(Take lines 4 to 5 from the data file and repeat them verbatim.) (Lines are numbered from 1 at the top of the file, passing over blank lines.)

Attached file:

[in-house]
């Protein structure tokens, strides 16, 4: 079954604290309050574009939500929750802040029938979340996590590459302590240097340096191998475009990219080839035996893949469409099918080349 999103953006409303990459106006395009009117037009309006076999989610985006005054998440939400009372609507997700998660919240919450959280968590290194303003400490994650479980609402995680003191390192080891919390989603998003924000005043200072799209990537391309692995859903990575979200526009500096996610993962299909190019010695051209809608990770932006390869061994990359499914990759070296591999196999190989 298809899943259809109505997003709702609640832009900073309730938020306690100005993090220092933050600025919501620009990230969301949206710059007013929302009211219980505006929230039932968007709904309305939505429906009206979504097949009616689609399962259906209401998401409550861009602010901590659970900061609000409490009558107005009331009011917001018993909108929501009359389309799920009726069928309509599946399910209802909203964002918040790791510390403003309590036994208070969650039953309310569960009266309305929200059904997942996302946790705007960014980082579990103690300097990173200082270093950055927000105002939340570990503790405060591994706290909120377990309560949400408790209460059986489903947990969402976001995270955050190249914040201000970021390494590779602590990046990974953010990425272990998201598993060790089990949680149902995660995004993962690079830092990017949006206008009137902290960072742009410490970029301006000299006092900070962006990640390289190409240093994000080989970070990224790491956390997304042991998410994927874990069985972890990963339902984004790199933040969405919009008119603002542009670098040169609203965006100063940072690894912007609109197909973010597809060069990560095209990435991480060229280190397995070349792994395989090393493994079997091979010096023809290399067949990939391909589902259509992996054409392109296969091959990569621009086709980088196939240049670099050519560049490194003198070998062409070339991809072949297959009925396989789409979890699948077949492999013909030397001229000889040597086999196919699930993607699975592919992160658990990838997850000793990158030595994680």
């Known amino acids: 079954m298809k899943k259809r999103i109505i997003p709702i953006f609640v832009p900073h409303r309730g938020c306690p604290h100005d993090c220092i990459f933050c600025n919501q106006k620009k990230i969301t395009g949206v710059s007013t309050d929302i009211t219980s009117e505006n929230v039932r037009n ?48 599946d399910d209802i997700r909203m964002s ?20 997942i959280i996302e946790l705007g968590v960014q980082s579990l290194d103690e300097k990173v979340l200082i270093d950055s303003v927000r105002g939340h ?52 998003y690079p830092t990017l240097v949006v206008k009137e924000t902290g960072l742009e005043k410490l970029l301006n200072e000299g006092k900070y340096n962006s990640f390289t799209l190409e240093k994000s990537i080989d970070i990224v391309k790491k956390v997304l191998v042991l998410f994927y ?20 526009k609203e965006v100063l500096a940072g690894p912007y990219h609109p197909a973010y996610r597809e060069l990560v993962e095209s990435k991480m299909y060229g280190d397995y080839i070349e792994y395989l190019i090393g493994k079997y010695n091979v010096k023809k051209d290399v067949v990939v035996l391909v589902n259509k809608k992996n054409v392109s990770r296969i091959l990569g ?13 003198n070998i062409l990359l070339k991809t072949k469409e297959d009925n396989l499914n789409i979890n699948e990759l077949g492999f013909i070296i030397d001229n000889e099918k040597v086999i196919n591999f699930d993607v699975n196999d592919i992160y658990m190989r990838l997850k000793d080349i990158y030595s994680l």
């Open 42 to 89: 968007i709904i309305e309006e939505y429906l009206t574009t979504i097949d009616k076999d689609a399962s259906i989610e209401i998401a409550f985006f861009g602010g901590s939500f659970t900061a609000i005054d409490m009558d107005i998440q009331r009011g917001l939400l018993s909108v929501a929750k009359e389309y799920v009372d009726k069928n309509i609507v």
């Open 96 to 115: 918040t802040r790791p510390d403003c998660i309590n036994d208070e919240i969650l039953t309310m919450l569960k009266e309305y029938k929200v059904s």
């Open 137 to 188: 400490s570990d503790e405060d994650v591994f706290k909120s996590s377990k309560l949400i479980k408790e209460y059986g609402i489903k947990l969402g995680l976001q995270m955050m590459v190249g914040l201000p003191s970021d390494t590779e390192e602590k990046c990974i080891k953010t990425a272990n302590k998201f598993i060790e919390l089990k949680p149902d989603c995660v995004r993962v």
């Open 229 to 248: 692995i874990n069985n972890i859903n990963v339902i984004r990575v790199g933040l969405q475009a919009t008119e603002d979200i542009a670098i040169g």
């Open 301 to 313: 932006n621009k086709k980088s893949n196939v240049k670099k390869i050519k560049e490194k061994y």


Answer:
């Open 42 to 89: 968007i709904i309305e309006e939505y429906l009206t574009t979504i097949d009616k076999d689609a399962s259906i989610e209401i998401a409550f985006f861009g602010g901590s939500f659970t900061a609000i005054d409490m009558d107005i998440q009331r009011g917001l939400l018993s909108v929501a929750k009359e389309y799920v009372d009726k069928n309509i609507v």
């Open 96 to 115: 918040t802040r790791p510390d403003c998660i309590n036994d208070e919240i969650l039953t309310m919450l569960k009266e309305y029938k929200v059904s």